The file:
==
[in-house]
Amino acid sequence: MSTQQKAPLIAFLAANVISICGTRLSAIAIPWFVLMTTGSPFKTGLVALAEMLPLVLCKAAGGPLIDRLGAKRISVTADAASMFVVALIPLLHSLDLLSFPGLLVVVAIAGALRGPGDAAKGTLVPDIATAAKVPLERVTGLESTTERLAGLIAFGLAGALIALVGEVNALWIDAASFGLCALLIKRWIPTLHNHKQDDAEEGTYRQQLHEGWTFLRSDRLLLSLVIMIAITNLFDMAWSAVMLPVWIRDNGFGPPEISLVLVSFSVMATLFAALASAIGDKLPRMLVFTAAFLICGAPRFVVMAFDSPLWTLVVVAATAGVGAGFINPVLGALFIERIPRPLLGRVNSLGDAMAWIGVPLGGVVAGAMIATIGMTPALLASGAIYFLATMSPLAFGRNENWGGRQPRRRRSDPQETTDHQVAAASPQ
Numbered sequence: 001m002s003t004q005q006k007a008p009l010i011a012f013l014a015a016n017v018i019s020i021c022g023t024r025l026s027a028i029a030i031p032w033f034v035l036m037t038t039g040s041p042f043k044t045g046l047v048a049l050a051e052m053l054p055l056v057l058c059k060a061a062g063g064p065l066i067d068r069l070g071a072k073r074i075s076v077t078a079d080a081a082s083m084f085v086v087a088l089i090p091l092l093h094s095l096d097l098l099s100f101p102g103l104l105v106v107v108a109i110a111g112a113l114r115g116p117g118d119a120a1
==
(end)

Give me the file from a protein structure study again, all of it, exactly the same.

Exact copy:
[in-house]
Amino acid sequence: MSTQQKAPLIAFLAANVISICGTRLSAIAIPWFVLMTTGSPFKTGLVALAEMLPLVLCKAAGGPLIDRLGAKRISVTADAASMFVVALIPLLHSLDLLSFPGLLVVVAIAGALRGPGDAAKGTLVPDIATAAKVPLERVTGLESTTERLAGLIAFGLAGALIALVGEVNALWIDAASFGLCALLIKRWIPTLHNHKQDDAEEGTYRQQLHEGWTFLRSDRLLLSLVIMIAITNLFDMAWSAVMLPVWIRDNGFGPPEISLVLVSFSVMATLFAALASAIGDKLPRMLVFTAAFLICGAPRFVVMAFDSPLWTLVVVAATAGVGAGFINPVLGALFIERIPRPLLGRVNSLGDAMAWIGVPLGGVVAGAMIATIGMTPALLASGAIYFLATMSPLAFGRNENWGGRQPRRRRSDPQETTDHQVAAASPQ
Numbered sequence: 001m002s003t004q005q006k007a008p009l010i011a012f013l014a015a016n017v018i019s020i021c022g023t024r025l026s027a028i029a030i031p032w033f034v035l036m037t038t039g040s041p042f043k044t045g046l047v048a049l050a051e052m053l054p055l056v057l058c059k060a061a062g063g064p065l066i067d068r069l070g071a072k073r074i075s076v077t078a079d080a081a082s083m084f085v086v087a088l089i090p091l092l093h094s095l096d097l098l099s100f101p102g103l104l105v106v107v108a109i110a111g112a113l114r115g116p117g118d119a120a1